1

Switching to Library mode from Develop mode, choose ONE image and add selected keywords in "keyword tag" box at right. (Ignore "keyword suggestions" and "keyword list boxes" at this time.) USE COMMMAS to separate each keyword. View multiple images in "Grid View" by clicking on icon at bottom right that looks like a bunch of little boxes, if you don't know ...


1

I think this post may summarize the best solution for my question and is based on all the kind input I received thus far. THE ANSWER The consensus is that LR cannot do what I needed so I combined the many suggestions into a hybrid solution that others may find helpful. Suggested methods: 1.An LR "Keyword Set" displays only 1-9 KWs you have to pick ...


1

There is a plugin called Any Filter by John R. Ellis that allows you to do this kind of search. The plugin is something you would have to buy, but there is no set price; just pay what you think is fair for the added functionality.


1

My workaround is: Do a keyword search for the moved word; Select all the images that come up; On the keywords panel, un-tick the italicised version of the keyword; With the images still selected, tick the moved version of the keyword. Delete the italicised work in the keywords panel. So that way you keep all the images under the correct keyword and delete ...


1

I believe your CSV file will need a couple alterations. First, I don't think Exiftool will read a tab delimited csv. The docs seem to indicate comma separated only. You could import into Excel or OpenOffice with the tab delimiter set and export a new CSV which should be readable to Exiftool. Second, the first line needs to needs to have column headers ...


1

Unfortunately, I think you have two mutually exclusive goals. It is much easier to do this outside Lightroom, by exporting the keywords to a file. It can then be edited in any plain text editor and imported back into LR. Voila! (See https://lightroomkillertips.com/exporting-importing-keyword-list/ for import/export details. See https://photo-keywords.com/...


1

Lightroom uses a SQLite database to hold its keyword information. SQLite does have size limits, but they are so high that it simply isn't worth worrying about them. You can have zillions of keywords in your catalog. HOWEVER. It is not only possible to make Lightroom slow to a crawl, I can do it at will. Heavy keyword use is one of the easiest and most ...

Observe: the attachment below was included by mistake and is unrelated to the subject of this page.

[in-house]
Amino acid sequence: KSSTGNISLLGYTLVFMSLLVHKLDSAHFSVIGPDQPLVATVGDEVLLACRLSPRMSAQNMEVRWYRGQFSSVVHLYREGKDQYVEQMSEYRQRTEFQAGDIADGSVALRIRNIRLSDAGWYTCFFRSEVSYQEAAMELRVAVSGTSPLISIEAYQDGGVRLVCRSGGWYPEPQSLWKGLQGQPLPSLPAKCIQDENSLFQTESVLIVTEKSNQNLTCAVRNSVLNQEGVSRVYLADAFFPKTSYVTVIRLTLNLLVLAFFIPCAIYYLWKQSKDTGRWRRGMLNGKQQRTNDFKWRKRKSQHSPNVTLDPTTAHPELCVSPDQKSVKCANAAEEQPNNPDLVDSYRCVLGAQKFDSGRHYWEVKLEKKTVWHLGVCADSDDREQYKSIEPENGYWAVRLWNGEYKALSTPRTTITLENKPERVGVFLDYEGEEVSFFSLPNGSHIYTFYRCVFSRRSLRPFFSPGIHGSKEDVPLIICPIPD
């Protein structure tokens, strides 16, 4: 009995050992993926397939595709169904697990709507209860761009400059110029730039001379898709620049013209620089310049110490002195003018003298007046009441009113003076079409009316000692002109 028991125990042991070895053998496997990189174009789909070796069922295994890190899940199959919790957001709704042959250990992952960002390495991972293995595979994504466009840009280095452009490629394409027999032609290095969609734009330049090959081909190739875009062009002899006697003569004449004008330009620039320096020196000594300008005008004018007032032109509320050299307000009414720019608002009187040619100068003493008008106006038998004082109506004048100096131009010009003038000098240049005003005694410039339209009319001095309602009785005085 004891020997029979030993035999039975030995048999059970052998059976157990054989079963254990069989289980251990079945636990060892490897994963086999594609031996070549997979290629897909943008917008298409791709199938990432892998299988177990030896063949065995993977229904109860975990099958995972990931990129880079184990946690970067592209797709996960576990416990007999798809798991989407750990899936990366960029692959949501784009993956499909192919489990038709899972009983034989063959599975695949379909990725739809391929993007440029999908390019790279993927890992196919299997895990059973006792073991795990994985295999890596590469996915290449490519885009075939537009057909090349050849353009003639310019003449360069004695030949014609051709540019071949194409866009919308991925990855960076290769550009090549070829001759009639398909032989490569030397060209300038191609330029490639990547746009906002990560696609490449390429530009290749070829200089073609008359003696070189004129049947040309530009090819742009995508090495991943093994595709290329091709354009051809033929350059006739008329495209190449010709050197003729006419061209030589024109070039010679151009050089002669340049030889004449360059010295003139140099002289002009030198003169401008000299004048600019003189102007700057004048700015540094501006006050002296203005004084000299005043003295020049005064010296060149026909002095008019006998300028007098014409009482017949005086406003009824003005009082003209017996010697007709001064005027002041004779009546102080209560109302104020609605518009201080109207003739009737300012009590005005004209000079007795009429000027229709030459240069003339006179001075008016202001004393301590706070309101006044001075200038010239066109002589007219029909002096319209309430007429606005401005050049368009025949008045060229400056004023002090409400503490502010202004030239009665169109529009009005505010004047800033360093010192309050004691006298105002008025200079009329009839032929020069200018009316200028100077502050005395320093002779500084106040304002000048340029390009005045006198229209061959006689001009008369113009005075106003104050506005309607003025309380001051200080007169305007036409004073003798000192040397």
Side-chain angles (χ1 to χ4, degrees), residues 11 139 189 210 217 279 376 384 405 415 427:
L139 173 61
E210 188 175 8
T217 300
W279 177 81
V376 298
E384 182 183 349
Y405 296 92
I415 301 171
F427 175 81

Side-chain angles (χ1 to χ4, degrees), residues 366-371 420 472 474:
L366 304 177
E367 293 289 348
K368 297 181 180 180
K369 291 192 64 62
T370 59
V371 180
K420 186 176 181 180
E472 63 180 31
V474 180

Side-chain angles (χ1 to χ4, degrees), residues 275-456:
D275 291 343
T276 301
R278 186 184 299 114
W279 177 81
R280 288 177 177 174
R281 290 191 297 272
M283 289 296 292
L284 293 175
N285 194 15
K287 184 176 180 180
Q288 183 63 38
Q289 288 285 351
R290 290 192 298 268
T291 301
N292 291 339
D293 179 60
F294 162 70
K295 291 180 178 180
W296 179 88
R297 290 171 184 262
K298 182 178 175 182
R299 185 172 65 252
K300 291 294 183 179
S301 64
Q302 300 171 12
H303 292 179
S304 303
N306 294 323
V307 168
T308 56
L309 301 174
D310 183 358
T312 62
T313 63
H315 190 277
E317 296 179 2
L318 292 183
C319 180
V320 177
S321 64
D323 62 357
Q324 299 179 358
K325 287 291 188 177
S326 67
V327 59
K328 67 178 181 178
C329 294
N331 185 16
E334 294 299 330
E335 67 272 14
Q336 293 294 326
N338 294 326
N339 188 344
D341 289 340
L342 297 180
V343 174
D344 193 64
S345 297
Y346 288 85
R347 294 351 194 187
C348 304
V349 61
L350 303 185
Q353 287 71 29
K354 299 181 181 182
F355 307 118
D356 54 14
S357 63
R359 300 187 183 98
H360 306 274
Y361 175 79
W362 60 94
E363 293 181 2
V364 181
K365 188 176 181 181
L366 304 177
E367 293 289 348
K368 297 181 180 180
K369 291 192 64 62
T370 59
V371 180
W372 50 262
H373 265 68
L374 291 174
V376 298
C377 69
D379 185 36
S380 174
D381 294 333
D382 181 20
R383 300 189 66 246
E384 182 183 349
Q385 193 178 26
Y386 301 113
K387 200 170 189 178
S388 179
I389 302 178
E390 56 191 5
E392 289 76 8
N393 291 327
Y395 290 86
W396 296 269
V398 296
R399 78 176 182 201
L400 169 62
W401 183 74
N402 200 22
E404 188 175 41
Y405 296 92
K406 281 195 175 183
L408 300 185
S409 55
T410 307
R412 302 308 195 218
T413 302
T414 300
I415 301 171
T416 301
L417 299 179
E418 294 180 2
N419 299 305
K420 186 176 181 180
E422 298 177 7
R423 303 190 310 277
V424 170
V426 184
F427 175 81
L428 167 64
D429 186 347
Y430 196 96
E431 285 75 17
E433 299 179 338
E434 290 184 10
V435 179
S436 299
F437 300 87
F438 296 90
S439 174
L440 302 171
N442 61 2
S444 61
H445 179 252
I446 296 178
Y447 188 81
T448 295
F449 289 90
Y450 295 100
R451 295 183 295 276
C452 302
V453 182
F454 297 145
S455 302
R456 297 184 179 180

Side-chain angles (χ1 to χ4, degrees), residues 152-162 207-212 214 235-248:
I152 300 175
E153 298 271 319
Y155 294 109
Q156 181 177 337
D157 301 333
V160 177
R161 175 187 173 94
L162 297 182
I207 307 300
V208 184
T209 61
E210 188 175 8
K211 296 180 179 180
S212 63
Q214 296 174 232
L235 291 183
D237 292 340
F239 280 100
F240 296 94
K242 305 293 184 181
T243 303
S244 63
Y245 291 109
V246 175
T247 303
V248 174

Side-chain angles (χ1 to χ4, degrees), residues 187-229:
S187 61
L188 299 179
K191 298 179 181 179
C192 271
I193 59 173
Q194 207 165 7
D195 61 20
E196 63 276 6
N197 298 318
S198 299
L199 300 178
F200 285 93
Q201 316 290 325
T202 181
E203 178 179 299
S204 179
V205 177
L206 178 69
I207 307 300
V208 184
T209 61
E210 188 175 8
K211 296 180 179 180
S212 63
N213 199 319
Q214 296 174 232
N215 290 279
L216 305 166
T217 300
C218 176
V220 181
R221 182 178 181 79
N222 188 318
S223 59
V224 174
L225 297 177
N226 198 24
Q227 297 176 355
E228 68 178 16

1

You can just re-import the pictures into a new Lightroom catalogue. On Importing the files, you can specify a folder structure and even a filename-pattern, that Lightroom applies while it's importing. To successfully do that, you need to do the following steps: Make sure that all lighroom adjustments are saved to either xmp-sidecar files or into the files ...


1

Avoid using the same word in two different places in the hierarchy. For example, you might have indoor and outdoor keywords, which allow a smart collection to determine whether a photo should also have furniture or nature keywords. Many keywords make sense in only one place in the hierarchy, but some keywords make sense under both indoor and outdoor, such as ...


1

I'd suggest structuring your keywords differently. You're mixing up a few definition concepts together, which is why the hierarchy is getting confused. One of the items a person has is their identity. Another is their relationsihp with you. It'll be less confusing if you build those hierarchies separately: People Names Fred Forsythe Sarah ...


1

Maybe a combination of Keywords and Colors (or Keywords and Ratings) might work if Lightroom's keyword support falls short. For example, you could set up your smart collection to match all the conditions, with the conditions including a Keyword of _shutterstock and a Color of green for accepted. YMMV depending on whether you already have other uses for ...


1

Lightroom doesn't do well with understanding hierarchical keywords for its filters, however you could try setting the collection to match ALL the conditions and have one for _shutterstock and one for _accepted. Any image with the shutterstock accepted keyword will have both shutterstock and accepted since they are nested.


1

You might also take a look at John Ellis' Any Filter plugin. It allows a search that can distinguish an explicit keyword only (the bottom one of the hierarchy, like Place. But then it can also use a criterion "subkeyword of" which I would think you could use to distinguish the places by only finding the subkeyword of "subject matter." But couldn't you just ...


1

When I am faced with such a problem, I put something easier to match in as an un-exported synonym for the keyword: Now I can search for Contains Words → !shotfrom and be certain of finding only photos that are missing a LOCATION keyword, as opposed to a SUBJECT MATTER > Location keyword. That's a little-known trick there, by the way: Contains Words ...